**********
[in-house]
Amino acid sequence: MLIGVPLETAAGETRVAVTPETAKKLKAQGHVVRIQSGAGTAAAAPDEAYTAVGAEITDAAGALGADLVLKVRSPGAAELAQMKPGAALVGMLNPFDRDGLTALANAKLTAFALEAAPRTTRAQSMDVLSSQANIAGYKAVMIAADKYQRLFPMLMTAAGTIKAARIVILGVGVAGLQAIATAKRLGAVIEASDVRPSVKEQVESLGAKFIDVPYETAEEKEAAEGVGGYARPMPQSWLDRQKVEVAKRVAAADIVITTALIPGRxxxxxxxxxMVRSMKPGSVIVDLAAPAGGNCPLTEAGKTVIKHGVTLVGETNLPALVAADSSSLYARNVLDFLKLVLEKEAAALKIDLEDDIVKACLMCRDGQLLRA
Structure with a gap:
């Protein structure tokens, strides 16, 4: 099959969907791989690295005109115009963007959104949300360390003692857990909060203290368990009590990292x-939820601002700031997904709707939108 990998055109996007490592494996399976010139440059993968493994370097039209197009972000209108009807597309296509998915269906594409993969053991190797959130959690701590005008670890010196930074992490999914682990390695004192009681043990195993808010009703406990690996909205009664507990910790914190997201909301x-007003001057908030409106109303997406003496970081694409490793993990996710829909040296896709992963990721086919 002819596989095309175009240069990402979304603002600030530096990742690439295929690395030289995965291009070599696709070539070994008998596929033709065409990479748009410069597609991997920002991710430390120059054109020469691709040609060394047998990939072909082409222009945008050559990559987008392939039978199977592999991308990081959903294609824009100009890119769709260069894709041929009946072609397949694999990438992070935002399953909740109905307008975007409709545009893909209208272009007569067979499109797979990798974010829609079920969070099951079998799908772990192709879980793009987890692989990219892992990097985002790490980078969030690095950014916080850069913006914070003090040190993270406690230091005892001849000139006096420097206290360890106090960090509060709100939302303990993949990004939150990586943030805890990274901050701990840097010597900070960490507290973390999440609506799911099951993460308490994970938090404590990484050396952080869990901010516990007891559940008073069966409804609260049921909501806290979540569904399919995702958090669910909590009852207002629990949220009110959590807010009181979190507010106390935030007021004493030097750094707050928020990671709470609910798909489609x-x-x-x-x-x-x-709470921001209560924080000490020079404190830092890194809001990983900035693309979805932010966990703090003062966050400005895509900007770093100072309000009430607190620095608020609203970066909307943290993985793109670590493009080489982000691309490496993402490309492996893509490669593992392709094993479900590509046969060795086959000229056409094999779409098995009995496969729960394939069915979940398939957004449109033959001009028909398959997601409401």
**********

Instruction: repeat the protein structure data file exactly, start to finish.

[in-house]
Amino acid sequence: MLIGVPLETAAGETRVAVTPETAKKLKAQGHVVRIQSGAGTAAAAPDEAYTAVGAEITDAAGALGADLVLKVRSPGAAELAQMKPGAALVGMLNPFDRDGLTALANAKLTAFALEAAPRTTRAQSMDVLSSQANIAGYKAVMIAADKYQRLFPMLMTAAGTIKAARIVILGVGVAGLQAIATAKRLGAVIEASDVRPSVKEQVESLGAKFIDVPYETAEEKEAAEGVGGYARPMPQSWLDRQKVEVAKRVAAADIVITTALIPGRxxxxxxxxxMVRSMKPGSVIVDLAAPAGGNCPLTEAGKTVIKHGVTLVGETNLPALVAADSSSLYARNVLDFLKLVLEKEAAALKIDLEDDIVKACLMCRDGQLLRA
Structure with a gap:
């Protein structure tokens, strides 16, 4: 099959969907791989690295005109115009963007959104949300360390003692857990909060203290368990009590990292x-939820601002700031997904709707939108 990998055109996007490592494996399976010139440059993968493994370097039209197009972000209108009807597309296509998915269906594409993969053991190797959130959690701590005008670890010196930074992490999914682990390695004192009681043990195993808010009703406990690996909205009664507990910790914190997201909301x-007003001057908030409106109303997406003496970081694409490793993990996710829909040296896709992963990721086919 002819596989095309175009240069990402979304603002600030530096990742690439295929690395030289995965291009070599696709070539070994008998596929033709065409990479748009410069597609991997920002991710430390120059054109020469691709040609060394047998990939072909082409222009945008050559990559987008392939039978199977592999991308990081959903294609824009100009890119769709260069894709041929009946072609397949694999990438992070935002399953909740109905307008975007409709545009893909209208272009007569067979499109797979990798974010829609079920969070099951079998799908772990192709879980793009987890692989990219892992990097985002790490980078969030690095950014916080850069913006914070003090040190993270406690230091005892001849000139006096420097206290360890106090960090509060709100939302303990993949990004939150990586943030805890990274901050701990840097010597900070960490507290973390999440609506799911099951993460308490994970938090404590990484050396952080869990901010516990007891559940008073069966409804609260049921909501806290979540569904399919995702958090669910909590009852207002629990949220009110959590807010009181979190507010106390935030007021004493030097750094707050928020990671709470609910798909489609x-x-x-x-x-x-x-709470921001209560924080000490020079404190830092890194809001990983900035693309979805932010966990703090003062966050400005895509900007770093100072309000009430607190620095608020609203970066909307943290993985793109670590493009080489982000691309490496993402490309492996893509490669593992392709094993479900590509046969060795086959000229056409094999779409098995009995496969729960394939069915979940398939957004449109033959001009028909398959997601409401």